JMdict + XML::Twig + DBD::SQLite = ?

In theory, I’m still working at Digeo. In practice, not so much. As we wind our way closer to the layoff date, I have less and less actual work to do, and more and more “anticipating the future failures of our replacements”. On the bright side, I’ve had a lot of time to study Japanese and prepare for Level 3 of the JLPT, which is next weekend.

I’m easily sidetracked, though, and the latest side project is importing the freely-distributed JMdict/EDICT and KANJIDIC dictionaries into a database and wrapping it with Perl, so that I can more easily incorporate them into my PDF-generating scripts.

Unfortunately, all of the tree-based XML parsing libraries for Perl create massive memory structures (I killed the script after it got past a gig), and the stream-based ones don’t make a lot of sense to me. XML::Twig‘s documentation is oriented toward transforming XML rather than importing it, but it’s capable of doing the right thing without writing ridiculously unPerly code:

my $twig = new XML::Twig(
        twig_handlers => { entry => &parse_entry });
sub parse_entry {
        my $ref = $_[1]->simplify;
        print "Entry ID=",$ref->{ent_seq},"\n";

SQLite was the obvious choice for a back-end database. It’s fast, free, stable, serverless, and Apple’s supporting it as part of Core Data.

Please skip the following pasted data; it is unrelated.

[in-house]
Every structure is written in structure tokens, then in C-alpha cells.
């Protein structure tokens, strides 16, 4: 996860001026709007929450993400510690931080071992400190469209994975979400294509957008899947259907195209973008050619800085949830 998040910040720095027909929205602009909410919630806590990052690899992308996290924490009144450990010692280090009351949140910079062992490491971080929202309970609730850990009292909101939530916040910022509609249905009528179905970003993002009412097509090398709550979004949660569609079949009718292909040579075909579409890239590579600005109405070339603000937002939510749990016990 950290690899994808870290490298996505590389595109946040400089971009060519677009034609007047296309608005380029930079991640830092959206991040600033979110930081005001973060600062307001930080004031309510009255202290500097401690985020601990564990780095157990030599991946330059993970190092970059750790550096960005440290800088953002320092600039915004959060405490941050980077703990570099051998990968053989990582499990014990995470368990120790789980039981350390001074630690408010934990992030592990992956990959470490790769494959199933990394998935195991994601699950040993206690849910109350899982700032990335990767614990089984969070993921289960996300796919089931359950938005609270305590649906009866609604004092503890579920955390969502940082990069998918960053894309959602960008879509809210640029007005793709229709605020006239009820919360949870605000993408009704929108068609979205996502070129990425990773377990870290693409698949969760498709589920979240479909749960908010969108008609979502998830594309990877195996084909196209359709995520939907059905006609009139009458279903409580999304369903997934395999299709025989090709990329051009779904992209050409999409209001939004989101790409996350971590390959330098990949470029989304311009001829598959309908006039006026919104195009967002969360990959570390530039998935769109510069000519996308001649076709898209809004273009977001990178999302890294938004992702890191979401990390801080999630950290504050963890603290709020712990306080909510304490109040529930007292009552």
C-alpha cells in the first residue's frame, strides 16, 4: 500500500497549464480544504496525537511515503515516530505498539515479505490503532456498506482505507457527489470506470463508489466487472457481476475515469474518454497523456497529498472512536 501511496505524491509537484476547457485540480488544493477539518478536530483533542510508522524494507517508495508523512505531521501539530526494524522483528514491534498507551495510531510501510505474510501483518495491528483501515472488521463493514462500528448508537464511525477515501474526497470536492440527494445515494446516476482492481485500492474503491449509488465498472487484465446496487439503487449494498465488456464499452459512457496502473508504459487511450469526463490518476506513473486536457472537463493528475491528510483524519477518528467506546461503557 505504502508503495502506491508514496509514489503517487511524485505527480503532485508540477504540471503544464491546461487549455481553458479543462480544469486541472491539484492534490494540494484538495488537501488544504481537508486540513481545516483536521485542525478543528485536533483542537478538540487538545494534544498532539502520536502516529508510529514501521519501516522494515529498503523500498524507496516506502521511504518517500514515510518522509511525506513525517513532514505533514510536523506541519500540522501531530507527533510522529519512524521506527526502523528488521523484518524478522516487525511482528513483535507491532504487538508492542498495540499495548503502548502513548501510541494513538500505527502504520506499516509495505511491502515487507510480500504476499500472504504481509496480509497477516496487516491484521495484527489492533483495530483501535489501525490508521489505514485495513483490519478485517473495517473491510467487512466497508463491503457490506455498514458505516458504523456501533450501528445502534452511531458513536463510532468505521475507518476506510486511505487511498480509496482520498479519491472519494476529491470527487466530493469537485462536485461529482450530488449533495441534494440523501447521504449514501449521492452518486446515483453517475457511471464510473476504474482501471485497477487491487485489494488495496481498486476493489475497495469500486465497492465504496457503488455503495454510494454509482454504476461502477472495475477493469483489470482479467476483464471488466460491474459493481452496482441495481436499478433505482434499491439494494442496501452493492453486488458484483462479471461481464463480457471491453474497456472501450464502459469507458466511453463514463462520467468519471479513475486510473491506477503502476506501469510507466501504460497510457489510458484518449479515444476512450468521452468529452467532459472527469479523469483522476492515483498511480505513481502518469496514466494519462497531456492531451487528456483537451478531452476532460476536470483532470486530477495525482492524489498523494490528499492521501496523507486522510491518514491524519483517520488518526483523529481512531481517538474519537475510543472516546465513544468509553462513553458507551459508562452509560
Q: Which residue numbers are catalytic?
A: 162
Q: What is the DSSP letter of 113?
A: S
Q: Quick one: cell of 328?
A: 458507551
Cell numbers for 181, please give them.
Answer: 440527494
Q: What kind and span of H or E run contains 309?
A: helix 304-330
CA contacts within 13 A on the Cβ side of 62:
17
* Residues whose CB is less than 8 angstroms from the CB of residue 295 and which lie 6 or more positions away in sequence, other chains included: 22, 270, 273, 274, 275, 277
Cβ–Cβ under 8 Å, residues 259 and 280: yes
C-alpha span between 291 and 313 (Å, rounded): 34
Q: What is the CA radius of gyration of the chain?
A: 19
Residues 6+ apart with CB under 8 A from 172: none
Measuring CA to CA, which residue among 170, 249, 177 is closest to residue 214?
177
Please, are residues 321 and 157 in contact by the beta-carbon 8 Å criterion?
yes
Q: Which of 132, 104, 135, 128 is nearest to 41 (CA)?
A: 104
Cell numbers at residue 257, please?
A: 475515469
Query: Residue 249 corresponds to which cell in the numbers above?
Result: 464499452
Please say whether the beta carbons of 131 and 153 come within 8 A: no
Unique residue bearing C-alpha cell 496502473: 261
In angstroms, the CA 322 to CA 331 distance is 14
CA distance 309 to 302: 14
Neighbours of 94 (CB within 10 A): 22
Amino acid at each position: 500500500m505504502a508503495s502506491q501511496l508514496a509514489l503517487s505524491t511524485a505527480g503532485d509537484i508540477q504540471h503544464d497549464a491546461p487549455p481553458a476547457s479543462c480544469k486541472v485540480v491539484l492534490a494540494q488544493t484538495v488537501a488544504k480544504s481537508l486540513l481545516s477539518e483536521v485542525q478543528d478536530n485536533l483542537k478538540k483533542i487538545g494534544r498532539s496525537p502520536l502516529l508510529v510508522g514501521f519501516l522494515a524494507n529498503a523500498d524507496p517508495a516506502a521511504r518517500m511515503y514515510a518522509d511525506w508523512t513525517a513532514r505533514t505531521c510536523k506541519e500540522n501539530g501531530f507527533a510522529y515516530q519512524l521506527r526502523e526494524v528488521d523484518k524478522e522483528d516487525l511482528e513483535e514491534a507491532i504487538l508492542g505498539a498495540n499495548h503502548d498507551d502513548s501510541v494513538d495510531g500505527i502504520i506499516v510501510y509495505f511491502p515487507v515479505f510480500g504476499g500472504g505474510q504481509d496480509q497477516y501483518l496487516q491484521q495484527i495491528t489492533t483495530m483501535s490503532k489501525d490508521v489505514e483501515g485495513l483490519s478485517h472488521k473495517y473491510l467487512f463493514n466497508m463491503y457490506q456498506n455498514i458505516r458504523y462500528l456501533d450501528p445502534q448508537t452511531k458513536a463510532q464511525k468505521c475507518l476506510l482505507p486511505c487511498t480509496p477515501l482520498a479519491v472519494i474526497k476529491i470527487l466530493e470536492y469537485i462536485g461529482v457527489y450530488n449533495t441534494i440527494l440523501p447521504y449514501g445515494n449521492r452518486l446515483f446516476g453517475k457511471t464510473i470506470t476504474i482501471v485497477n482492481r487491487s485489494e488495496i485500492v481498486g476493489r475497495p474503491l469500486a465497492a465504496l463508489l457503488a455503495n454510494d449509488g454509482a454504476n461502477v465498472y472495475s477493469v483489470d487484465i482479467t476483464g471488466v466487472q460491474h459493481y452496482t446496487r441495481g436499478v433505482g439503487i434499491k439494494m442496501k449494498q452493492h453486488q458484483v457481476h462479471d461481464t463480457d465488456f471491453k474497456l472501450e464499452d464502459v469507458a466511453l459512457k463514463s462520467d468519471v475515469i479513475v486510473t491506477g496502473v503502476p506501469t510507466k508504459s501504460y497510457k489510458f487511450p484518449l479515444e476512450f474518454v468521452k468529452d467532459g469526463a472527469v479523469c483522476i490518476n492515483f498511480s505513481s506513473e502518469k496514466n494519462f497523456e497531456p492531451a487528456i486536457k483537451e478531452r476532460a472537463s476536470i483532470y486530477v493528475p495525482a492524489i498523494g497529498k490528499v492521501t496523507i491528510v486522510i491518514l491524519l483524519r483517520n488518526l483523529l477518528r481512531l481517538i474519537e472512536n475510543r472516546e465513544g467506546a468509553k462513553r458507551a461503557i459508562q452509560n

Putting it all together meant finally learning how to read XML DTDs, getting a crash course in SQL database design to lay out the tables in a sensible way, and writing useful and efficient queries. I’m still working on that last part, but I’ve gotten far enough that my lookup tool has basic functionality: given a complete or partial search term in kanji, kana, or English, it returns the key parts of the matching entries. Getting all of the available data assembled requires both joins and multiple queries, which is tedious to sort out.

I started with JMdict, which is a lot bigger and more complicated, so importing KANJIDIC2 is going to be easy when I get around to it. That won’t be this week, though, because the JLPT comes but once a year, and finals week comes right after.

[side note: turning off auto-commit and manually committing after every 500th entry cut the import time by 2/3]